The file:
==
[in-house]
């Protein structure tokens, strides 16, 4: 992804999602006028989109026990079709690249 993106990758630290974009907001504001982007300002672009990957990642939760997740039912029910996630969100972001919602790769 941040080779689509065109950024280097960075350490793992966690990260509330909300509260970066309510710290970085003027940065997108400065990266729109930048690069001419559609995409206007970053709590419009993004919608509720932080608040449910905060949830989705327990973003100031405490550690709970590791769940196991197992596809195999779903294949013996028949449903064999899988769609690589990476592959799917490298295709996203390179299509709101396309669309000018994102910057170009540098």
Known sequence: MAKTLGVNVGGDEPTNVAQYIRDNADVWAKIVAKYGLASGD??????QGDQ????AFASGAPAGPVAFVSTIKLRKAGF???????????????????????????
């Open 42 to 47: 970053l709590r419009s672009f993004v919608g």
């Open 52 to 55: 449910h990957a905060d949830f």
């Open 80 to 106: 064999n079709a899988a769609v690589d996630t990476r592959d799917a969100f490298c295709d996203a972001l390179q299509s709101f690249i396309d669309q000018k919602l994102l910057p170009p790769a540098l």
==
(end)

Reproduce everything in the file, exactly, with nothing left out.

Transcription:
[in-house]
């Protein structure tokens, strides 16, 4: 992804999602006028989109026990079709690249 993106990758630290974009907001504001982007300002672009990957990642939760997740039912029910996630969100972001919602790769 941040080779689509065109950024280097960075350490793992966690990260509330909300509260970066309510710290970085003027940065997108400065990266729109930048690069001419559609995409206007970053709590419009993004919608509720932080608040449910905060949830989705327990973003100031405490550690709970590791769940196991197992596809195999779903294949013996028949449903064999899988769609690589990476592959799917490298295709996203390179299509709101396309669309000018994102910057170009540098």
Known sequence: MAKTLGVNVGGDEPTNVAQYIRDNADVWAKIVAKYGLASGD??????QGDQ????AFASGAPAGPVAFVSTIKLRKAGF???????????????????????????
């Open 42 to 47: 970053l709590r419009s672009f993004v919608g």
């Open 52 to 55: 449910h990957a905060d949830f």
């Open 80 to 106: 064999n079709a899988a769609v690589d996630t990476r592959d799917a969100f490298c295709d996203a972001l390179q299509s709101f690249i396309d669309q000018k919602l994102l910057p170009p790769a540098l």